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Local MP wants Canada to stop being 'money-laundering paradise'

Simcoe North MP Adam Chambers calls for national inquiry with goal to toughen Canada's stance on white-collar criminals and 'snow-washing'

Canada is quickly becoming a world leader in a rather unenviable category, charges a local MP.

Money laundering is out of control in the country and needs to be addressed as quickly as possible by adding greater penalties and better safeguards to stop it from happening in the first place, according to Simcoe North MP Adam Chambers.

“Canada is a money-laundering paradise,” said Chambers, who is also the Conservative’s deputy shadow minister for finance. “We need a national inquiry to change that. Canada is one of the primary destinations in the world for global criminals to clean their money."

Chambers has introduced a private member’s bill in the House of Commons, which seeks to toughen Canada’s stance on white-collar criminals and so-called snow-washing, a term coined to refer to money laundering in Canada.

According to Chambers’ research into the issue, more than $100-billion is moved through Canada every year. He's also started a petition to encourage the government to act quickly against money laundering.

"Global criminals are flocking to Canada to wash their dirty money," he said. "They know our laws are weak and money washed in Canada is easy to move around the world. If you look at white-collar crime, we convict very few. The rates of convictions and prosecutions are significantly low."

If adopted, Chambers’ bill would amend the Criminal Code to make it an offence to provide false information to a person or entity (such as banks and credit unions) listed in section 5 of the Proceeds of Crime (Money Laundering) and Terrorist Financing Act about the identity of a person or entity, including the corporate structure. Those who violate the law could face a prison term of up to 10 years and/or a fine of up to $1-million.

Chambers said money laundering makes Canadian communities more dangerous and drives up real estate prices across the country while supporting criminal acts like drug trafficking, human trafficking and terrorist financing.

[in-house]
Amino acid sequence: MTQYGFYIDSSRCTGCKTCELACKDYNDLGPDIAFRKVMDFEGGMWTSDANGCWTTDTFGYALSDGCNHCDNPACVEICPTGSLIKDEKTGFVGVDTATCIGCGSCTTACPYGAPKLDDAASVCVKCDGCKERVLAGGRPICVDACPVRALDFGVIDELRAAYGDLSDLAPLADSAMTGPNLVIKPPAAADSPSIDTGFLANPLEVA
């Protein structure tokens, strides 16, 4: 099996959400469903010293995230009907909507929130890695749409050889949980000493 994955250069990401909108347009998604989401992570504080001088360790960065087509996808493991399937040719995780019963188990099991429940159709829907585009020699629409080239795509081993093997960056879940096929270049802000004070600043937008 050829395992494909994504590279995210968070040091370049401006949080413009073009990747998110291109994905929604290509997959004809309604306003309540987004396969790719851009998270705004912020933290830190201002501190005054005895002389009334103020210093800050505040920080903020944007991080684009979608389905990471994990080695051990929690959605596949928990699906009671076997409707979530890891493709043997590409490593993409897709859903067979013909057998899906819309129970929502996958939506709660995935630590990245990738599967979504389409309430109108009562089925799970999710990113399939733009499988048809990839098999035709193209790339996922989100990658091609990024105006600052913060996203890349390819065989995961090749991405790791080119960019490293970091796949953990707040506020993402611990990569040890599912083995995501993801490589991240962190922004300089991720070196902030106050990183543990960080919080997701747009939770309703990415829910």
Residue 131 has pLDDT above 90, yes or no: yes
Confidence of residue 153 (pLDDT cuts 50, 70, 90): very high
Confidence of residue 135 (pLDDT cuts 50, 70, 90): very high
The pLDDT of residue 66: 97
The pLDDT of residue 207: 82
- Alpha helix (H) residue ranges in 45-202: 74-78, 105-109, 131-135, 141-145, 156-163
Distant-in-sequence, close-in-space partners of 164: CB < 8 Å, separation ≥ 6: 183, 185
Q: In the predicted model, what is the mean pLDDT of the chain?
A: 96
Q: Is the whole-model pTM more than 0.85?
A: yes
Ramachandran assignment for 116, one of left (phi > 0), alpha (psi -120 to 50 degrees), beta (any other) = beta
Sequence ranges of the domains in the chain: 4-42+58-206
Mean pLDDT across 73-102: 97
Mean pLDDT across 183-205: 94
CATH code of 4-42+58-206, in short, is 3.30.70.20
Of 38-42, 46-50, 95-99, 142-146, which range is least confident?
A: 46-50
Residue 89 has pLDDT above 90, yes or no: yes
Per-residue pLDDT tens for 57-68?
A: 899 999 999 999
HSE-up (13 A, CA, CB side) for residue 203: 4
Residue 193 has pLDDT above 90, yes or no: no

“The government needs to act, so we can hold white-collar criminals accountable,” he said, noting that besides a national inquiry, Canada needs laws that force criminals to make it clear what they own and punish those who aid them along with ensuring law enforcement agencies have the necessary tools to take down money launderers..

"In my view, this is a non-partisan issue. We should all be working on this issue together. These changes will help bring an end to the party for global criminals and make criminals think twice before they wash their dirty money in Canada."

According to Chambers, Transparency International (TI) Canada, a leading organization on corruption and transparency, has reported that Canada has garnered a reputation as an easy jurisdiction for national and international criminals to launder money.

“The scale of money laundering in Canada is staggering and its impact in Canada by laundering proceeds of illicit activities and driving up real estate prices for all Canadians,” he said.

“Criminals rely on dozens of people to launder their money. This bill will make their life more difficult and make it easier for authorities to hold criminals accountable for their actions.”

Chambers has also elicited support for the bill, which he expects will be debated and voted on in the House of Commons this fall.

“We are pleased to see the proposal of this bill that fits in with increasing attention and efforts in Canada to fight money laundering and end our national reputation for ‘snow-washing,’” James Cohen of TI Canada said in a statement provided by Chambers.

“This proposed amendment can be a crucial tool in closing one of the many gaps that  have been exploited by kleptocrats, tax cheats and their enablers. TI Canada hopes to see all parties come together to move this proposal forward.”

In a recent CD Howe Intelligence Memo, Kevin Comeau, a lawyer and a member of TI Canada's working group on beneficial ownership, challenged the country’s “weak” anti-money laundering laws that “have enabled corrupt politicians, criminals and tax cheats from around the world to launder billions of dollars in Canadian real estate without disclosing the true owner.”

“Under our present anti-money-laundering rules, financial institutions and designated non-financial businesses and partnerships (Reporting Entities) are legally required to collect and verify the identity information of their clients. Reporting Entities failing to do so are subject to sanctions,” Comeau wrote, referring to beneficial ownership, which allows someone to enjoy the benefits of ownership even though the title to some form of property is in another name.

“But clients who provide false beneficial-ownership information are not. The federal government can reduce these risks by enacting legislation attaching sanctions to false reports of beneficial ownership made to persons who are legally required to collect that information.”

Added Chambers: "I think there are a lot of things happening in this country that we have to get right. We have to make sure Canada isn't seen as a great place for money laundering."

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Andrew Philips

About the Author: Andrew Philips

Editor Andrew Philips is a multiple award-winning journalist whose writing has appeared in some of the country’s most respected news outlets. Originally from Midland, Philips returned to the area from Québec City a decade ago.
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